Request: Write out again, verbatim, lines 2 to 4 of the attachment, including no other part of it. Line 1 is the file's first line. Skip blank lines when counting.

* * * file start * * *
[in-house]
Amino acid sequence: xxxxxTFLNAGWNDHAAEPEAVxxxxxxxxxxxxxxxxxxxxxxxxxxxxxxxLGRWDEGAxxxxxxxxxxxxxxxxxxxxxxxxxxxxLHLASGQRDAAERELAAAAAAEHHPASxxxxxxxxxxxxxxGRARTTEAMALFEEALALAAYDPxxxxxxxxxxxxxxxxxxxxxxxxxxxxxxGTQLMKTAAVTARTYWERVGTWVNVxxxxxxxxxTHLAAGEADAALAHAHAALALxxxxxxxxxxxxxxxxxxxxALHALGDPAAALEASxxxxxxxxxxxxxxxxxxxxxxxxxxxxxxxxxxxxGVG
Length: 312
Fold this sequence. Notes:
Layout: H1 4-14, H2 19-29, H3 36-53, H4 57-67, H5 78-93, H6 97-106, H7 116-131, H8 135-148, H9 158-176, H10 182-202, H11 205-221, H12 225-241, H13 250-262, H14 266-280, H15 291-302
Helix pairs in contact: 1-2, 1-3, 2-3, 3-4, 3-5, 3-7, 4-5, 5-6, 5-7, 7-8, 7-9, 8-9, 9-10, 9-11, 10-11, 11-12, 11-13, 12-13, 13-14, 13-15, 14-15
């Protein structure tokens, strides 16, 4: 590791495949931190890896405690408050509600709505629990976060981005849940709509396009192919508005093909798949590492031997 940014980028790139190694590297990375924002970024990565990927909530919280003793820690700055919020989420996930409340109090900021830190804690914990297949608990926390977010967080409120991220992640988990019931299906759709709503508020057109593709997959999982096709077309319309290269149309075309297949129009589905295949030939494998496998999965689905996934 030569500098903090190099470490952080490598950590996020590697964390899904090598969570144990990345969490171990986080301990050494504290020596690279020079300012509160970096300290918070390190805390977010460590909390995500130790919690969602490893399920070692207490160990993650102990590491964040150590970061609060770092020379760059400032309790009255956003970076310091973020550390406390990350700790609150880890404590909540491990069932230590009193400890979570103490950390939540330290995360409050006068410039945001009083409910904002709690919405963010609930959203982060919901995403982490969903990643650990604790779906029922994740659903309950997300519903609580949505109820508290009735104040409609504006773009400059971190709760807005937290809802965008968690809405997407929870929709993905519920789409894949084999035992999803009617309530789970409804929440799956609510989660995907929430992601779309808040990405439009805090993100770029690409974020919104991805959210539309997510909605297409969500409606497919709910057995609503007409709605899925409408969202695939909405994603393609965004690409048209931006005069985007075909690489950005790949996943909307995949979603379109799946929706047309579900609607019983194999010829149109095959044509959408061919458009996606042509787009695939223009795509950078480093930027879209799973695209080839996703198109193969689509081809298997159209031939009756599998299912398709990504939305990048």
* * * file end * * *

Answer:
Amino acid sequence: xxxxxTFLNAGWNDHAAEPEAVxxxxxxxxxxxxxxxxxxxxxxxxxxxxxxxLGRWDEGAxxxxxxxxxxxxxxxxxxxxxxxxxxxxLHLASGQRDAAERELAAAAAAEHHPASxxxxxxxxxxxxxxGRARTTEAMALFEEALALAAYDPxxxxxxxxxxxxxxxxxxxxxxxxxxxxxxGTQLMKTAAVTARTYWERVGTWVNVxxxxxxxxxTHLAAGEADAALAHAHAALALxxxxxxxxxxxxxxxxxxxxALHALGDPAAALEASxxxxxxxxxxxxxxxxxxxxxxxxxxxxxxxxxxxxGVG
Length: 312
Fold this sequence. Notes: